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Made Easy



  • The book of Joel, as with all other books of the Bible, is authentically the Word of God. 

  • This is obvious, because the book of Acts refers to it, which proves that the book of Joel was recognized as God’s Word during the first century church’s existence (Acts 2:16) (Pfeiffer, Vos, & Rhea,2003). 

  • Joel was a prophet to the Southern Kingdom of Judah, because His Words from the Holy Spirit make reference to the House of God (i.e. the Jewish Temple) and the priests (Joel 1:9) (Dehoff, 1989). 

  • Remember, the Jewish Temple was located in Jerusalem of Judah and not in the Northern Kingdom of Israel.


  • Joel 1:4 gives the state of the times for the Jewish people of Judah during the time of Joel. 

  • It reads, according to the New International Version, “What the locust swarm has left the great locusts have eaten; what

  • the great locusts have left the young locusts have eaten; what the young locusts have left other locusts have eaten.” 

  • Thus, this is a sign that the land was in a famine.

  • Locusts were sent by God as judgment upon the people for their sins as foretold in the Old Testament Law of Moses (Deuteronomy 28:38) (Torrey, 1880). 

  • These locusts were one of many forms of judgment that God put on the people due to their sins (Deuteronomy 28:14-68). 

  • If the children of Israel would have obeyed the Word of God, then they would have been blessed beyond belief (Deuteronomy 28:1-13). 

  • Of course, as written throughout this study, Christians have the same dilemma. 

  • If we do not live righteously in God’s sight, then He may surely cut off our blessings and send hard circumstances into our lives to get us to repent (Hebrews 12). 

  • If we do the Will of God, there may be many things that we receive from Him in prayer. 

  • As you know, it is in vain to pray as a Christian, if we are purposely not living right, because our prayers will be ignored (1 Peter 3:12; 1 John 4:14-15). 

  • Returning to the book of Joel, water was also in scarce supply (Joel 1:20).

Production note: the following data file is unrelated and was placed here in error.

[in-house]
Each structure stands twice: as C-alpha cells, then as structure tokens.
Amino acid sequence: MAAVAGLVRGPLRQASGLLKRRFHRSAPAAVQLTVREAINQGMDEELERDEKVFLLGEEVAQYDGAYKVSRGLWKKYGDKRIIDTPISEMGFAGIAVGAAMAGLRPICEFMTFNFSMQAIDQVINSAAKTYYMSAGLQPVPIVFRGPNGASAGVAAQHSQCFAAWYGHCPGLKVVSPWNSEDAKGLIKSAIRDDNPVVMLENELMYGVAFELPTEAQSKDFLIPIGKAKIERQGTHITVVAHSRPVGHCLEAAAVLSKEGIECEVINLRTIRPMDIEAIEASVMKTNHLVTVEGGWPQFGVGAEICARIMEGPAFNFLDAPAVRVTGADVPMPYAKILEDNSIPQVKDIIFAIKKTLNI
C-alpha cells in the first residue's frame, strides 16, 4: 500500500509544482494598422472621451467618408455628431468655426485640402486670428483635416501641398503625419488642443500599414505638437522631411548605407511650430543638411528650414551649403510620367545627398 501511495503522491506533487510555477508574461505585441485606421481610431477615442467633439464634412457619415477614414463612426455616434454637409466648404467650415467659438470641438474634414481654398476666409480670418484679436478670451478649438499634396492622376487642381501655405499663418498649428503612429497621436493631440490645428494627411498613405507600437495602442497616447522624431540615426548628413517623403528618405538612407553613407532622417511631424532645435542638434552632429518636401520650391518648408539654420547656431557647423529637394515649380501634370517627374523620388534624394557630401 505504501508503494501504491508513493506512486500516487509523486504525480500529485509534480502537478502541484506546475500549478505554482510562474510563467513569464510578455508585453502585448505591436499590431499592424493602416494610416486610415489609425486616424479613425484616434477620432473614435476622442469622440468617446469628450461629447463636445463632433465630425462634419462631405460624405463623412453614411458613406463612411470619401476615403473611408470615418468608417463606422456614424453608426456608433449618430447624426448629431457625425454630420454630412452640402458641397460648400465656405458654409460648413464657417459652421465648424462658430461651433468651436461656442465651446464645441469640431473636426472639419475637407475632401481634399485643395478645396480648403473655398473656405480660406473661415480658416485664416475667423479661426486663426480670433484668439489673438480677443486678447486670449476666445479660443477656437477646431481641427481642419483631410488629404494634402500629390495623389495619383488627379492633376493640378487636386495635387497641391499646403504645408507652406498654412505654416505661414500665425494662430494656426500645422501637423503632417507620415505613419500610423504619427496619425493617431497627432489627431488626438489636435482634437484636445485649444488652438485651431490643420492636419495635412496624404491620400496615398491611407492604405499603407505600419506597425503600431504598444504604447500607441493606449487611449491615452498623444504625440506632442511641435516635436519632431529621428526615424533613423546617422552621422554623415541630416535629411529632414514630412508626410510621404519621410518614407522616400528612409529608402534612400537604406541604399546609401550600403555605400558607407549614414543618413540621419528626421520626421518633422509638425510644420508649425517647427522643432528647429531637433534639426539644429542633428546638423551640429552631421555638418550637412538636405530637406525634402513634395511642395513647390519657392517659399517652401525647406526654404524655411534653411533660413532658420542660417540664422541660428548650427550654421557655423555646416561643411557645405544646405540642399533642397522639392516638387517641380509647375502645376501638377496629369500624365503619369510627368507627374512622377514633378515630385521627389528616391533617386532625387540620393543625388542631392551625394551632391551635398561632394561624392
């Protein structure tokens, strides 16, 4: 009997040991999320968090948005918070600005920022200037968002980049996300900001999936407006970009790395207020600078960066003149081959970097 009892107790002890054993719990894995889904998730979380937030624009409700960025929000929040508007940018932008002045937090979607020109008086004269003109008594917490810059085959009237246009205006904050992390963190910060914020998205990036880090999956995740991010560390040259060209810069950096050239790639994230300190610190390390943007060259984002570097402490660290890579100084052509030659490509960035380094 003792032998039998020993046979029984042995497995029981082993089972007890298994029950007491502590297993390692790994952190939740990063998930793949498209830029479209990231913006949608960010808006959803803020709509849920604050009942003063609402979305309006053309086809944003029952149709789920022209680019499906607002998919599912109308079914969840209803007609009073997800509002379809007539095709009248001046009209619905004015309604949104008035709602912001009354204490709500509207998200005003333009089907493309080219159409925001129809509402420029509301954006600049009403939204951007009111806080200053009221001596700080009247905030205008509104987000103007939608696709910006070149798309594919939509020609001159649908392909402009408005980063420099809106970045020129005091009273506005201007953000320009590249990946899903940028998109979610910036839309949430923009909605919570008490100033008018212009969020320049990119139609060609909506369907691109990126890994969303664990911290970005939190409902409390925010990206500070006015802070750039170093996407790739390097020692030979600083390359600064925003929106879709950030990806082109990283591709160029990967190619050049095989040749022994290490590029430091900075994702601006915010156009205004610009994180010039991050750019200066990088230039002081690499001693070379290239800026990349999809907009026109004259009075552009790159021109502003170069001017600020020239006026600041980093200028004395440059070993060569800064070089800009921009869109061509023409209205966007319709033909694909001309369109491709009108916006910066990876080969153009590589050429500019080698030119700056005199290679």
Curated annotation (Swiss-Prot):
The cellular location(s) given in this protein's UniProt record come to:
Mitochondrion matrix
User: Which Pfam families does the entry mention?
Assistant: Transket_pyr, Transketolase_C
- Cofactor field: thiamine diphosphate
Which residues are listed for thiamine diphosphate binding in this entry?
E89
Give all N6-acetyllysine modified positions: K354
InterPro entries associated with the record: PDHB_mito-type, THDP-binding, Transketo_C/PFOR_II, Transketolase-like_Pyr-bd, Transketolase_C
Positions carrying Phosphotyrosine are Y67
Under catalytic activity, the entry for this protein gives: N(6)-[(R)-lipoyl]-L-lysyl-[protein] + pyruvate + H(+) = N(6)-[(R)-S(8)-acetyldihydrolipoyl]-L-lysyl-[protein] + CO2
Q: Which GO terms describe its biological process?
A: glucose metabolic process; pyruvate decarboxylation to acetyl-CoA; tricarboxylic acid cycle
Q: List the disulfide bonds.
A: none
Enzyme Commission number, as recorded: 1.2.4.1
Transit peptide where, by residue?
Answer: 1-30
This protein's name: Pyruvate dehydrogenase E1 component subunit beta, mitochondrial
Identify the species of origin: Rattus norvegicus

• Thus, the environment was very harsh upon the Jews of Judah due to their sins.


  • Joel 1:8 gives instructions to the Jews of Judah after hearing that they were under a judgment of locusts and famine. 

  • God tells them to cry like a widowed young woman. 

  • This is referring to a sorrow created by the fact that one realizes that he/she has sinned. 

  • This means that godly sorrow is awakened in the heart of the person. 

  • This godly sorrow brings about repentance (2 Corinthians 7:10). 

  • This is what Jesus means when He says, “Blessed are they that mourn: for

  • they shall be comforted” (Matthew 5:4). 

  • This “mourning” is over one’s separated status with God. 

  • This means that one has realized

  • he/she is a sinner and needs to repent. 

  • One begins to feel sorry for offending God. 

  • This is what Joel 1:8 is telling the sinful Jews of the Southern Kingdom of Judah to do-mourn over their own sinful conditions! 

  • If the Jews of Judah would have learned to mourn over their sinful condition, then they would have been brought to repentance. 

  • Christian, the devil puts the spirit of denial or a defensive nature in us to keep us from mourning over our spiritual condition so that we do not repent of our sins and regain the favor of God (Acts 8:22; 1 John 1:8; John 8:44; 1 John 2:16). 

  • Be honest with yourself and God, because as you know, God always knows the truth. 

  • He knows when we are in denial or defensive. 

  • Thus, we, as Christians, must repent in order to gain the forgiveness of our sins (Acts 8:22; 1 John 1:8-9).


  • Returning to the book of Joel, the Jews are instructed to mourn over the land due to the famine and lack of water (Joel 1:8-12, 16-20). 

  • Joel 1:13-14 is a call for the whole nation to repent of their sins starting with the religious leaders (Pfeiffer & Harrison, 1990).

  • To put one’s self in sackcloth in the Old Testament days was a sign of repentance (Matthew 11:21) (Smith, 1884). 

  • Joel correctly saw this plague of locusts leading to famine as a sign that the “Day of the Lord” was coming (Joel 1:15).

  • This means that God’s severe judgment was not far off. 

  • Joel was telling the people that there was a chance to stop the “Day of the Lord,” because we know from earlier studies that the Babylonian invasion could have been prevented if the people would have repented (2 Chronicles 7) (Nave, 1995).